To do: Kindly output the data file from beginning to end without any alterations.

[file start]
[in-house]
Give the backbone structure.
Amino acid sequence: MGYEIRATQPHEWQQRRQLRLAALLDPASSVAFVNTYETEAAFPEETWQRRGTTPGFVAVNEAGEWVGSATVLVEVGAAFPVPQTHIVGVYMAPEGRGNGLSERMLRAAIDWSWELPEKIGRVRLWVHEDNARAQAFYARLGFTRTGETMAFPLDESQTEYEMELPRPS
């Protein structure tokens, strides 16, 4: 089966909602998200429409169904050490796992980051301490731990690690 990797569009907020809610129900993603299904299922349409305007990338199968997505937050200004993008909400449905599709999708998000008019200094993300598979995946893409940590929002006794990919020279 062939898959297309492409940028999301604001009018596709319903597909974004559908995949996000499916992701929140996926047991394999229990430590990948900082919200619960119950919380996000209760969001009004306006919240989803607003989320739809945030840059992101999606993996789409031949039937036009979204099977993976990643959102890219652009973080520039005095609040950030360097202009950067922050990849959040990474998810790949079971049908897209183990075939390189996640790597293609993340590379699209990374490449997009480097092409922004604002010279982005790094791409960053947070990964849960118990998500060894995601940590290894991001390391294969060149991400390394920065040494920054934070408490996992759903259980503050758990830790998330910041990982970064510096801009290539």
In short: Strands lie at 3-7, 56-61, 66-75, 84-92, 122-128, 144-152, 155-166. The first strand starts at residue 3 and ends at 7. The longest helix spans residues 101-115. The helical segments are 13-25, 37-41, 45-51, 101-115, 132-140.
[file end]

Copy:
[in-house]
Give the backbone structure.
Amino acid sequence: MGYEIRATQPHEWQQRRQLRLAALLDPASSVAFVNTYETEAAFPEETWQRRGTTPGFVAVNEAGEWVGSATVLVEVGAAFPVPQTHIVGVYMAPEGRGNGLSERMLRAAIDWSWELPEKIGRVRLWVHEDNARAQAFYARLGFTRTGETMAFPLDESQTEYEMELPRPS
């Protein structure tokens, strides 16, 4: 089966909602998200429409169904050490796992980051301490731990690690 990797569009907020809610129900993603299904299922349409305007990338199968997505937050200004993008909400449905599709999708998000008019200094993300598979995946893409940590929002006794990919020279 062939898959297309492409940028999301604001009018596709319903597909974004559908995949996000499916992701929140996926047991394999229990430590990948900082919200619960119950919380996000209760969001009004306006919240989803607003989320739809945030840059992101999606993996789409031949039937036009979204099977993976990643959102890219652009973080520039005095609040950030360097202009950067922050990849959040990474998810790949079971049908897209183990075939390189996640790597293609993340590379699209990374490449997009480097092409922004604002010279982005790094791409960053947070990964849960118990998500060894995601940590290894991001390391294969060149991400390394920065040494920054934070408490996992759903259980503050758990830790998330910041990982970064510096801009290539």
In short: Strands lie at 3-7, 56-61, 66-75, 84-92, 122-128, 144-152, 155-166. The first strand starts at residue 3 and ends at 7. The longest helix spans residues 101-115. The helical segments are 13-25, 37-41, 45-51, 101-115, 132-140.